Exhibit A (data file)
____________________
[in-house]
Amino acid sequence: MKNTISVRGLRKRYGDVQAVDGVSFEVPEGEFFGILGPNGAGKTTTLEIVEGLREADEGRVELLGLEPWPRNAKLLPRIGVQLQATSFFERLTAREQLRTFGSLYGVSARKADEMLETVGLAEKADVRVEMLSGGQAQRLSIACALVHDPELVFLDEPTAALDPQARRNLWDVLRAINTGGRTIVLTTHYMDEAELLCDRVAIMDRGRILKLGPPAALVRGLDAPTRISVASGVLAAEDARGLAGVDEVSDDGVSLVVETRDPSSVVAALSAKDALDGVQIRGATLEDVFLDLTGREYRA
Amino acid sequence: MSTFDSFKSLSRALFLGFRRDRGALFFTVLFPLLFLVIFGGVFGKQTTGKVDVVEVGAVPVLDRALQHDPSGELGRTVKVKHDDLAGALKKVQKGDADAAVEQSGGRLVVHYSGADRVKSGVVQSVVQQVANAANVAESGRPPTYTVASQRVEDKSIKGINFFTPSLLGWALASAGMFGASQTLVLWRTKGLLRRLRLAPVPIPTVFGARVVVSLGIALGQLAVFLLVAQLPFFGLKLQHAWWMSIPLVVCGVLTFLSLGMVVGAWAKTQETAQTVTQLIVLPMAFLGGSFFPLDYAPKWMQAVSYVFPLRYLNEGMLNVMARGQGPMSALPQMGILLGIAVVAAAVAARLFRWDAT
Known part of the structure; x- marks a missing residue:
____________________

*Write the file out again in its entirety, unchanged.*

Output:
[in-house]
Amino acid sequence: MKNTISVRGLRKRYGDVQAVDGVSFEVPEGEFFGILGPNGAGKTTTLEIVEGLREADEGRVELLGLEPWPRNAKLLPRIGVQLQATSFFERLTAREQLRTFGSLYGVSARKADEMLETVGLAEKADVRVEMLSGGQAQRLSIACALVHDPELVFLDEPTAALDPQARRNLWDVLRAINTGGRTIVLTTHYMDEAELLCDRVAIMDRGRILKLGPPAALVRGLDAPTRISVASGVLAAEDARGLAGVDEVSDDGVSLVVETRDPSSVVAALSAKDALDGVQIRGATLEDVFLDLTGREYRA
Amino acid sequence: MSTFDSFKSLSRALFLGFRRDRGALFFTVLFPLLFLVIFGGVFGKQTTGKVDVVEVGAVPVLDRALQHDPSGELGRTVKVKHDDLAGALKKVQKGDADAAVEQSGGRLVVHYSGADRVKSGVVQSVVQQVANAANVAESGRPPTYTVASQRVEDKSIKGINFFTPSLLGWALASAGMFGASQTLVLWRTKGLLRRLRLAPVPIPTVFGARVVVSLGIALGQLAVFLLVAQLPFFGLKLQHAWWMSIPLVVCGVLTFLSLGMVVGAWAKTQETAQTVTQLIVLPMAFLGGSFFPLDYAPKWMQAVSYVFPLRYLNEGMLNVMARGQGPMSALPQMGILLGIAVVAAAVAARLFRWDAT
Known part of the structure; x- marks a missing residue: